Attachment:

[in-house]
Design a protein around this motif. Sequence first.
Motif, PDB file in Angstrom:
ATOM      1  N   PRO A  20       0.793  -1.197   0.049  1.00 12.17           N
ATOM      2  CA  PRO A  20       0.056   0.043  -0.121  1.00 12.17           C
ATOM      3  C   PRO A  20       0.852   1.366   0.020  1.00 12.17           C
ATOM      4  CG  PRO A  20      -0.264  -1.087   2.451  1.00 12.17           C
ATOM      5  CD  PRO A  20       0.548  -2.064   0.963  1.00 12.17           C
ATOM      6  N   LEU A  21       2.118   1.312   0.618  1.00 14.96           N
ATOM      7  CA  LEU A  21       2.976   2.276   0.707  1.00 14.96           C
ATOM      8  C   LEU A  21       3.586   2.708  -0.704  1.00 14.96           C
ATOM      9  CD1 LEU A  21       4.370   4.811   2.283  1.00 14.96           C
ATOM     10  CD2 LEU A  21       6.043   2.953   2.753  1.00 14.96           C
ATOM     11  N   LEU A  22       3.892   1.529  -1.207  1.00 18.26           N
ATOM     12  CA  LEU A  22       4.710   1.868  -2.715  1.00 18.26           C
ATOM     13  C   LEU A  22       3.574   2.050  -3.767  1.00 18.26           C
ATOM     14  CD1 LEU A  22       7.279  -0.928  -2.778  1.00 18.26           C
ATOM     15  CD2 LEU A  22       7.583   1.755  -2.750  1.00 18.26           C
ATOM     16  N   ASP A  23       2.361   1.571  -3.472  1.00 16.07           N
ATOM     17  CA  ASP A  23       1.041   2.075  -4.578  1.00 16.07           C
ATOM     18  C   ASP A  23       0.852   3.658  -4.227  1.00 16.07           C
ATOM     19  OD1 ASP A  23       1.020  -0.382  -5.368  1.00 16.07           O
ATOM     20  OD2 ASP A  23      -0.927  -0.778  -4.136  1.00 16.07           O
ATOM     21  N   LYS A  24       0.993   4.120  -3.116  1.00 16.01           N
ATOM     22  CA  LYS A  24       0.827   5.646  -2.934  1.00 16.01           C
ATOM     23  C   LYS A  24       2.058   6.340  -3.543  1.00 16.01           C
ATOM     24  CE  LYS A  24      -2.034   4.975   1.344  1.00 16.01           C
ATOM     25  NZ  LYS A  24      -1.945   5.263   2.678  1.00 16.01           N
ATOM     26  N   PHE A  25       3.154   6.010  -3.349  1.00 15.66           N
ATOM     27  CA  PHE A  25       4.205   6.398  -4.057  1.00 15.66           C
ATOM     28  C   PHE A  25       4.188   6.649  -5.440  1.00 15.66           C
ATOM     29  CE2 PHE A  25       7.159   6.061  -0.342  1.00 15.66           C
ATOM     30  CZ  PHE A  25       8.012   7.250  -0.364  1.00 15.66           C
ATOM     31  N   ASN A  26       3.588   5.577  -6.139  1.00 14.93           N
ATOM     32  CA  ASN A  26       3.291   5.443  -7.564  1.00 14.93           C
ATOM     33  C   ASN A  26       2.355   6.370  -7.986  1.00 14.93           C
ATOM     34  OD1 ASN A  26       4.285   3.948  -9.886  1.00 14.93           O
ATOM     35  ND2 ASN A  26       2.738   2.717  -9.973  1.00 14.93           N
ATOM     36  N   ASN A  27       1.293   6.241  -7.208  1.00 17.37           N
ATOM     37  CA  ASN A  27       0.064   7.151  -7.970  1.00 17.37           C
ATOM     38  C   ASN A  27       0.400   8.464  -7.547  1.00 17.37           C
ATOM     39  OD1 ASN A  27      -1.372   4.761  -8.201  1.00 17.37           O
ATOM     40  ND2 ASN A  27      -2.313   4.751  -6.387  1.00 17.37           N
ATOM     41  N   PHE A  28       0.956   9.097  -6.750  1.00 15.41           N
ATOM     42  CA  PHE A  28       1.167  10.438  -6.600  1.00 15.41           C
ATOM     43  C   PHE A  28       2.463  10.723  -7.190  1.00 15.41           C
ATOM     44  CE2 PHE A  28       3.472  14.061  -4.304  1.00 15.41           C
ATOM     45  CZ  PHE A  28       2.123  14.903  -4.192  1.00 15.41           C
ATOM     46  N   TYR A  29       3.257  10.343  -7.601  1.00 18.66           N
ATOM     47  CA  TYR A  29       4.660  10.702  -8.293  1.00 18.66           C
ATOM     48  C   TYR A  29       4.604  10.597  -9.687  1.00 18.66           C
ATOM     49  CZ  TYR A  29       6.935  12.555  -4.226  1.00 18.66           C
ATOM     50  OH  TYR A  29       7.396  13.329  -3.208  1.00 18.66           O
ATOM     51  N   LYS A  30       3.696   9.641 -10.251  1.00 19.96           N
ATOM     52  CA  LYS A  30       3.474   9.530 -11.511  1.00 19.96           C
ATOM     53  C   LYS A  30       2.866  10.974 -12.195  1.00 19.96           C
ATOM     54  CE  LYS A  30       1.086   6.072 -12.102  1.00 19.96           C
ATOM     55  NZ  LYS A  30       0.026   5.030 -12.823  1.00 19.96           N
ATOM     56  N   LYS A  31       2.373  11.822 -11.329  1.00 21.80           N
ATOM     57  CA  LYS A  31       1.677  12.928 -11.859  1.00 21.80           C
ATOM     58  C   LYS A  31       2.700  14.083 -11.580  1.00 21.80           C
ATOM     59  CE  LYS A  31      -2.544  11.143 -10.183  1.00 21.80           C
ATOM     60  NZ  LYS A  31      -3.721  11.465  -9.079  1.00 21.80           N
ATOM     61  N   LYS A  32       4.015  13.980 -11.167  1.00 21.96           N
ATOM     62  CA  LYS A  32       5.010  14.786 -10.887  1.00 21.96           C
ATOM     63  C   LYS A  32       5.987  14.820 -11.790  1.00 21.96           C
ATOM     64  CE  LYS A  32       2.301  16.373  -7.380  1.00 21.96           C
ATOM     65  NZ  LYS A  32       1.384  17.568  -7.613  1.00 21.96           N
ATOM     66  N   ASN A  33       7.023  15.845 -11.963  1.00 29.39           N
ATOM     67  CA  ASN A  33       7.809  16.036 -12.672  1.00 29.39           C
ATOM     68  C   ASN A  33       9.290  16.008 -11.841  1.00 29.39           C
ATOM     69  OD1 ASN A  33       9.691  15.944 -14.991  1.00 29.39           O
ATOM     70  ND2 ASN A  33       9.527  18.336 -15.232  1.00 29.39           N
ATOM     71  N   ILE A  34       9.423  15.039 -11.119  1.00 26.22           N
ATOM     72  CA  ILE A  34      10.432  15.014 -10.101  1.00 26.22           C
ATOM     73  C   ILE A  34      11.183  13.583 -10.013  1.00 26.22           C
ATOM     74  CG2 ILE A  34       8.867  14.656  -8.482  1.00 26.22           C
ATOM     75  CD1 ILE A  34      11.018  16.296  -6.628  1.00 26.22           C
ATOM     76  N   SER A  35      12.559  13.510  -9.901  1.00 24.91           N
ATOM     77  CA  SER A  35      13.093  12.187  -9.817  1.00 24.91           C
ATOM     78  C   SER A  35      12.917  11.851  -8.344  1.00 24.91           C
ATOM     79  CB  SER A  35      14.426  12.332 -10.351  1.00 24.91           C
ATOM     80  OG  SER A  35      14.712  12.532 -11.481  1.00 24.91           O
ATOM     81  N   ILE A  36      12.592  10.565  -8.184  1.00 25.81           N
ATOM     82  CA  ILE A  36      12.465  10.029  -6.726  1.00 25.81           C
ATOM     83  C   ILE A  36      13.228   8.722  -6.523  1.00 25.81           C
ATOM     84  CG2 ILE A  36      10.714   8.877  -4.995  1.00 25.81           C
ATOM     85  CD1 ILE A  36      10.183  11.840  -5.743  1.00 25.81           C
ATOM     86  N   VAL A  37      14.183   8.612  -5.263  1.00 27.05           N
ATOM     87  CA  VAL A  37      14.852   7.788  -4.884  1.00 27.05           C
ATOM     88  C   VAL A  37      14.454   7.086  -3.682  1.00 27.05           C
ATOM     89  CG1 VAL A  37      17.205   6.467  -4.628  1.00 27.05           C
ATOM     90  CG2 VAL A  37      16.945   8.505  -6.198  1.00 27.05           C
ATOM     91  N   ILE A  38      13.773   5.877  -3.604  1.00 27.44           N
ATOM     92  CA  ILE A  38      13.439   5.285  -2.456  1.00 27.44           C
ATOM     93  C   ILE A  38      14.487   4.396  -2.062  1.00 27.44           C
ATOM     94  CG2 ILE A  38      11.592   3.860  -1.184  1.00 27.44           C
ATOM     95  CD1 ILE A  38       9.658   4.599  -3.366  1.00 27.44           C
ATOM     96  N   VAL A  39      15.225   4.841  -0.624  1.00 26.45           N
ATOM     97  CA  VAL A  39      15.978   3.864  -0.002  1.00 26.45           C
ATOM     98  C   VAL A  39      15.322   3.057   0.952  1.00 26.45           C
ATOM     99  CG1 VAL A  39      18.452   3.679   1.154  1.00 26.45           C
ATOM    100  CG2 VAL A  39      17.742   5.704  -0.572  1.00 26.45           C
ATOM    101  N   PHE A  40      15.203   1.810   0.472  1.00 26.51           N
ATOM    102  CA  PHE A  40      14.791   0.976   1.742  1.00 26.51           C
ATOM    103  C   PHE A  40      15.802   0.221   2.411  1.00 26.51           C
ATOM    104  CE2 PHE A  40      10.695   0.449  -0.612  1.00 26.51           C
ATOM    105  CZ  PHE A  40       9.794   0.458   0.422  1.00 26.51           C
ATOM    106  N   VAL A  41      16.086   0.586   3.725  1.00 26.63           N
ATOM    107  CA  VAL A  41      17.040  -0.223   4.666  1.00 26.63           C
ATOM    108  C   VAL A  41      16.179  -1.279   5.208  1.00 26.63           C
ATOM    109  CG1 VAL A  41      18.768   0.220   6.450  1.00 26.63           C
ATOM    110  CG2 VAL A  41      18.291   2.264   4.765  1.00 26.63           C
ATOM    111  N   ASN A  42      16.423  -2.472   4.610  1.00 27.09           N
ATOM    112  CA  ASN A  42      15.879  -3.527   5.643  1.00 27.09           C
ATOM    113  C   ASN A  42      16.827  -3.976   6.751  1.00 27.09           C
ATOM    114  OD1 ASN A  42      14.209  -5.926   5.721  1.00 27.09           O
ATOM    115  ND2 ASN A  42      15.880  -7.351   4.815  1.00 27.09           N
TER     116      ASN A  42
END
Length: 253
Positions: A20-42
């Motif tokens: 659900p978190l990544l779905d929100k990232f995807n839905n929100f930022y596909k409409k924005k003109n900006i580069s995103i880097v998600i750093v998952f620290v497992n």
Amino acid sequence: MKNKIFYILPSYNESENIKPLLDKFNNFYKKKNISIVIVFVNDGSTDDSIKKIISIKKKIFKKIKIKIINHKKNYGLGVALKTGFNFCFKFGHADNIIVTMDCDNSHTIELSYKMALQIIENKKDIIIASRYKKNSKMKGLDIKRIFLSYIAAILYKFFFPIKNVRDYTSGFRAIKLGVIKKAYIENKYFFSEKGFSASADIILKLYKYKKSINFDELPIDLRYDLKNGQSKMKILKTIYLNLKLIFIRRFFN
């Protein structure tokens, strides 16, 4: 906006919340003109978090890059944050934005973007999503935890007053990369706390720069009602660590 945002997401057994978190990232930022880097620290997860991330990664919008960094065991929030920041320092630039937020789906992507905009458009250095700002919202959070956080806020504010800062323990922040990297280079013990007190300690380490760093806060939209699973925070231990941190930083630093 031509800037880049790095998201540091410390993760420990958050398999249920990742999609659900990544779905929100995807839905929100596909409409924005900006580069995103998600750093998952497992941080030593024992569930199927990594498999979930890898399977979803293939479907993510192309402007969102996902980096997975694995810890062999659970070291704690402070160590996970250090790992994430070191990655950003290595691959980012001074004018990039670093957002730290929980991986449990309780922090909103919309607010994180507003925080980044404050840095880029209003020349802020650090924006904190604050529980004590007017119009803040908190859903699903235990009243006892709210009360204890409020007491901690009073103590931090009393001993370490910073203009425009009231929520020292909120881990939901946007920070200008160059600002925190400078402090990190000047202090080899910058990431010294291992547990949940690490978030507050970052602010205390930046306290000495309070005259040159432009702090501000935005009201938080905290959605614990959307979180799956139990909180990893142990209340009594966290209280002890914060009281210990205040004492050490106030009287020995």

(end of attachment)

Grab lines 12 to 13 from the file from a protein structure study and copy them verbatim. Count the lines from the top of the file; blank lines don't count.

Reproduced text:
ATOM      9  CD1 LEU A  21       4.370   4.811   2.283  1.00 14.96           C
ATOM     10  CD2 LEU A  21       6.043   2.953   2.753  1.00 14.96           C